The initiative began in 2017 as a partnership between Asner's team, The University of Queensland in Australia, National Geographic, Planet and Vulcan Inc. — Microsoft co-founder Paul Allen’s non-profit. In the years since, ASU has stood at the forefront of the initiative.

The Allen Coral Atlas reaches over 100 countries, and Asner said he hopes to see the program expand in the future. 

"It's emblematic of ASU's effort to reach far beyond campus," he said.

ASU's score from Sierra of 91.31 was a two-point increase from last year. 

ASU moved up the list within the last few years, largely because they didn't slow down sustainability efforts after the COVID-19 shutdown. O'Reilly said a lot of what put ASU in the running involved new curriculum development, which was put on hold by other schools due to the pandemic. 

This curriculum development included the growth of the Julie Ann Wrigley Global Futures Laboratory and the College of Global Futures, which includes the School of Sustainability, the School of Complex Adaptive Systems and the School for the Future of Innovation in Society. 

According to Nichol Luoma, University sustainability operations officer, ASU reaching carbon neutrality, implementing a net-zero investment portfolio and implementing sustainability certified foods and plant-forward dining all contributed significantly to the increase in the University's sustainability rating.

Sustainability among students

ASU achieved carbon neutrality in 2019 by increasing energy efficiency in campus buildings, generating solar power, increasing renewable energy purchases and investing in carbon offsets to reduce the total amount of greenhouse gas emissions from campus activity. 

Campus dining halls offer plant-based "daily root" menus and prioritize produce grown within 250 miles of campus to reduce the University’s carbon footprint when it comes to food.

"Sustainability is integrated into nearly everything we do at ASU from academics, operations, design, planning, student experience and more," Luoma said. "It's a culmination of efforts from across the institution that moved ASU to No. 1."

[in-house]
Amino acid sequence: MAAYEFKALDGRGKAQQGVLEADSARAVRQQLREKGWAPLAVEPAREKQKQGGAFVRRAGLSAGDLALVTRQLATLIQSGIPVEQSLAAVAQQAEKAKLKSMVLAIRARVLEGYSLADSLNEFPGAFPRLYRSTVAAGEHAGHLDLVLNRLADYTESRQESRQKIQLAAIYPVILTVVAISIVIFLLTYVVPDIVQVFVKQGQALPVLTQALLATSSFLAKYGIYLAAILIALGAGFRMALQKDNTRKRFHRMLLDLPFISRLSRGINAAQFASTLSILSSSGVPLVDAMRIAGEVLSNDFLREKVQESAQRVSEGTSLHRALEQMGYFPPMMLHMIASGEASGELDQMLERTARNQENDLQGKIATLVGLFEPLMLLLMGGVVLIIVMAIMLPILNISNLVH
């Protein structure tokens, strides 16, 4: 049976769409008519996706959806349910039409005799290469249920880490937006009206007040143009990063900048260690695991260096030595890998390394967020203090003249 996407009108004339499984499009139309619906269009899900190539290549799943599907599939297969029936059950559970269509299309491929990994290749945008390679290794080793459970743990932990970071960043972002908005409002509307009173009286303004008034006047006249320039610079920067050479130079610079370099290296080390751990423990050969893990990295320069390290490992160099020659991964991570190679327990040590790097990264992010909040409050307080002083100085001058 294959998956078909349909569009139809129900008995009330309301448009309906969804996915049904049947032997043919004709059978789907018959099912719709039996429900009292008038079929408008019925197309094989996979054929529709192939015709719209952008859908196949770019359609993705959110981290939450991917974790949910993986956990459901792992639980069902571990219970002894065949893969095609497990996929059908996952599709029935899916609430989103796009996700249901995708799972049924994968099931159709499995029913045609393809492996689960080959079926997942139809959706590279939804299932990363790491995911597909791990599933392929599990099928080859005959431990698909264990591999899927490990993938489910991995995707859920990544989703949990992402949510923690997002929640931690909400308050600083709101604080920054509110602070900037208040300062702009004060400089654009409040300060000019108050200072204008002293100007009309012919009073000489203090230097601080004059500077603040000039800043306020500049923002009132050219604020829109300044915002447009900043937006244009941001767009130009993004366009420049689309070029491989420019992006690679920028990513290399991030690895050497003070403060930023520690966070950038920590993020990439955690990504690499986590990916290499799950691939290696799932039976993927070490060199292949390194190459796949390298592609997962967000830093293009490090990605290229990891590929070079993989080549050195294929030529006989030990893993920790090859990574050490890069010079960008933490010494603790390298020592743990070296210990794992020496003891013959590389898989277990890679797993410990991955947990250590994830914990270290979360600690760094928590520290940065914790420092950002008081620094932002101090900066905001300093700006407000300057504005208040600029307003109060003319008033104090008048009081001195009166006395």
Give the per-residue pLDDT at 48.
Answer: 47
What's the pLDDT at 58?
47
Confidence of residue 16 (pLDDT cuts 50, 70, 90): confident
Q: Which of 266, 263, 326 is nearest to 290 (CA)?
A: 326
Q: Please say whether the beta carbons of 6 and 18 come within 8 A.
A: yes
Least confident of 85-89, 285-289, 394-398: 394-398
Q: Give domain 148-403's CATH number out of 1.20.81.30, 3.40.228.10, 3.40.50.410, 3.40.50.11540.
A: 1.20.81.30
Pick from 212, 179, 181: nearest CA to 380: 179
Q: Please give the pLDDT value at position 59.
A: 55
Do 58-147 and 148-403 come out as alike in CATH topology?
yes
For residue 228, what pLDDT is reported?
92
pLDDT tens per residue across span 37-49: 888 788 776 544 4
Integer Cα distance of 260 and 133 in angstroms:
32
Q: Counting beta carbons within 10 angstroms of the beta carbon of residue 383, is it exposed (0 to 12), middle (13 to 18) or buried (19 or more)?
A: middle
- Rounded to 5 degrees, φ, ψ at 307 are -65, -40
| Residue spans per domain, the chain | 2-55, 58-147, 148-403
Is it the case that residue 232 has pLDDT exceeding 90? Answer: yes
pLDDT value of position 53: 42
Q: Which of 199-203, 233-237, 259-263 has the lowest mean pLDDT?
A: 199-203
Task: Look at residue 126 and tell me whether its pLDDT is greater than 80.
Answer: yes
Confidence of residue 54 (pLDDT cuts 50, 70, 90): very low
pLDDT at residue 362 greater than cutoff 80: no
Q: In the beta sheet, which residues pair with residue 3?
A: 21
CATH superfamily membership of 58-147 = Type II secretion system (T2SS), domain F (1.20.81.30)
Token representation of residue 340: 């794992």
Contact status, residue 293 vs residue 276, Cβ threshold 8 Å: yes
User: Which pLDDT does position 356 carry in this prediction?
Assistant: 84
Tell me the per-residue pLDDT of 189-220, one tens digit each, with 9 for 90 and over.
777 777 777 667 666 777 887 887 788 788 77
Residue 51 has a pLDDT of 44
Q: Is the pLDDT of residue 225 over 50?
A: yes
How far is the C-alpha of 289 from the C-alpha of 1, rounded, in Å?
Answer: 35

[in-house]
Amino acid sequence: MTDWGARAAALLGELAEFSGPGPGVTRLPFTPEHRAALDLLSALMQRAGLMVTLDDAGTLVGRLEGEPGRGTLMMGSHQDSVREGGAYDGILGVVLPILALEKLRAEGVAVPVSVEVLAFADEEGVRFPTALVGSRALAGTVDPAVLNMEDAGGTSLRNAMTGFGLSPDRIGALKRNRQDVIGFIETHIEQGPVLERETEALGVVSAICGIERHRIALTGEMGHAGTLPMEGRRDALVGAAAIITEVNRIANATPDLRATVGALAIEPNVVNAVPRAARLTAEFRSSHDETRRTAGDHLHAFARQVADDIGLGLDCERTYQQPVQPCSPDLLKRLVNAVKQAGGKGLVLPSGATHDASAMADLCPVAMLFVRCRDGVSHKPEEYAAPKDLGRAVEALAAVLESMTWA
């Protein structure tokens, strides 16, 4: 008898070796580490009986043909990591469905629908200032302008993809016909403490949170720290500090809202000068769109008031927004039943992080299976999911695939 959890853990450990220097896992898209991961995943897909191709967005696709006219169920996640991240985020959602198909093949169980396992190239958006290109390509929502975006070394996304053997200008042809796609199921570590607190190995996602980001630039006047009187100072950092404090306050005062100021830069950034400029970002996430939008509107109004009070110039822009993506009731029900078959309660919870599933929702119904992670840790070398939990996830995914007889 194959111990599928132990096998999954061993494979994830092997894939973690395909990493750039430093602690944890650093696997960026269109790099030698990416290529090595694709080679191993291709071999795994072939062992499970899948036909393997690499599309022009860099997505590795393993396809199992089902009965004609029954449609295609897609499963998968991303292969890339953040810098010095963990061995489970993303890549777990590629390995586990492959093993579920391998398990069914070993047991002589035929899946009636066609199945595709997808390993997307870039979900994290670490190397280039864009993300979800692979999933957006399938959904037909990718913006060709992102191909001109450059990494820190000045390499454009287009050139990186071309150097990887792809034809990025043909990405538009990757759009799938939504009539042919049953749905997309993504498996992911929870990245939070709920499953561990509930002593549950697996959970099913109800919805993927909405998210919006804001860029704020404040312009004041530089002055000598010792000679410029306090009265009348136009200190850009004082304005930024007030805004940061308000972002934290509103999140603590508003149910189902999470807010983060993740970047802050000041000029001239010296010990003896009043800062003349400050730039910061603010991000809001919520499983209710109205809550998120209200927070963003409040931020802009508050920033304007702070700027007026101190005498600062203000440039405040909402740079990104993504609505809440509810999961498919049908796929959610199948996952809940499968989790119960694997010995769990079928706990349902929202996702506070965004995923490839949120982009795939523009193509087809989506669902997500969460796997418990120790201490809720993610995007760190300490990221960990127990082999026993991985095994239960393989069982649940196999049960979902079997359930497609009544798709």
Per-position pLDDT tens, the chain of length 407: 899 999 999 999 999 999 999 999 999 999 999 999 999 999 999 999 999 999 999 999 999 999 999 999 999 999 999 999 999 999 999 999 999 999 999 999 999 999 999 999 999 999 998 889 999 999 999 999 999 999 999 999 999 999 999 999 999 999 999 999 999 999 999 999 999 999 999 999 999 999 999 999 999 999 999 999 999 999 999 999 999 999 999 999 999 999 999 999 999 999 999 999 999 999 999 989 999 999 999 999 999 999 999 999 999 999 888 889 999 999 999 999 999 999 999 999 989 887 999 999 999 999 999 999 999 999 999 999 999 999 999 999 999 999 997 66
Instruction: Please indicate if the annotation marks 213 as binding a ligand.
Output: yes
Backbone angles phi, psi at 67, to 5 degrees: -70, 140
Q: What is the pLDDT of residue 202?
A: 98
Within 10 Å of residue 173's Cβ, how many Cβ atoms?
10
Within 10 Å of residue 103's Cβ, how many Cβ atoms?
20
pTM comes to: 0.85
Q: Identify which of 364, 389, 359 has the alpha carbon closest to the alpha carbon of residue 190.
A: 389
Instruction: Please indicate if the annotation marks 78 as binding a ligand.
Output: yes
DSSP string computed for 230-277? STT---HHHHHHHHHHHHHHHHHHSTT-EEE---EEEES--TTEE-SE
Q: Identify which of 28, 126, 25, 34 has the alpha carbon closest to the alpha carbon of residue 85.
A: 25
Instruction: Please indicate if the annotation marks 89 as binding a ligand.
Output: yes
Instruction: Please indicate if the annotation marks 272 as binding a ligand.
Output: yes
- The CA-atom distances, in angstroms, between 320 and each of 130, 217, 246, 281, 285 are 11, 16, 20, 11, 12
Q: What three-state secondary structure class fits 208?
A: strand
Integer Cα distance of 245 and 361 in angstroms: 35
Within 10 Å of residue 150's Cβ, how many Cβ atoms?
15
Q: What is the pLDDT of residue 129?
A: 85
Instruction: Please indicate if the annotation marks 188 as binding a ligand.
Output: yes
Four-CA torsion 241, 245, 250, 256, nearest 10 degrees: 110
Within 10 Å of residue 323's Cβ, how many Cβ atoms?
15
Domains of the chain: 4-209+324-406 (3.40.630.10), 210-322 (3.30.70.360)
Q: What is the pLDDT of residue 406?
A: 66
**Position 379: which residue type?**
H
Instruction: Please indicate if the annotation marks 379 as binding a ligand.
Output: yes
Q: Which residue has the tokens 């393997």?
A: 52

Lately, much of ASU's sustainability efforts have focused on reducing food waste. In last year's annual “Zero Waste" report, the University reported that food waste accounted for 7.7% of the total waste stream at 665 tons.

Corey Hawkey, assistant director of sustainability practices, said the University is executing this through a program at campus Starbucks locations where students can save money by using their own reusable drink container.

Hawkey pointed to the effort of individuals to recycle, compost and "lead a plant-based diet" as means to decrease the school's carbon footprint.

"These actions may feel small on an individual basis, but with 75,000 students on our campuses those actions add up," Hawkey said. 

These small actions, though, may not be easy for students to achieve. According to AASHE’s most recent Sustainable Campus Index, ASU is not listed among the top performers in both the campus engagement category, which assesses campus sustainability culture, sustainability education programs and outreach materials, so there’s still progress to be made when it comes to engaging the student body in sustainability efforts.

In campus dining halls, for example, being sustainable by eating plant-based is a challenge for students.

Pratham Dalal, a freshman who sticks to a vegetarian diet, said the biggest problem he faces when eating on-campus is the lack of variety in plant-based foods, which traps students into eating the same salads and sandwiches over and over again.

O'Reilly believes that no school is, or realistically can be, 100% sustainable. 

The goal is to get close, though.


Reach the reporter at kaduffy6@asu.edu or follow @kateduffyy on Twitter.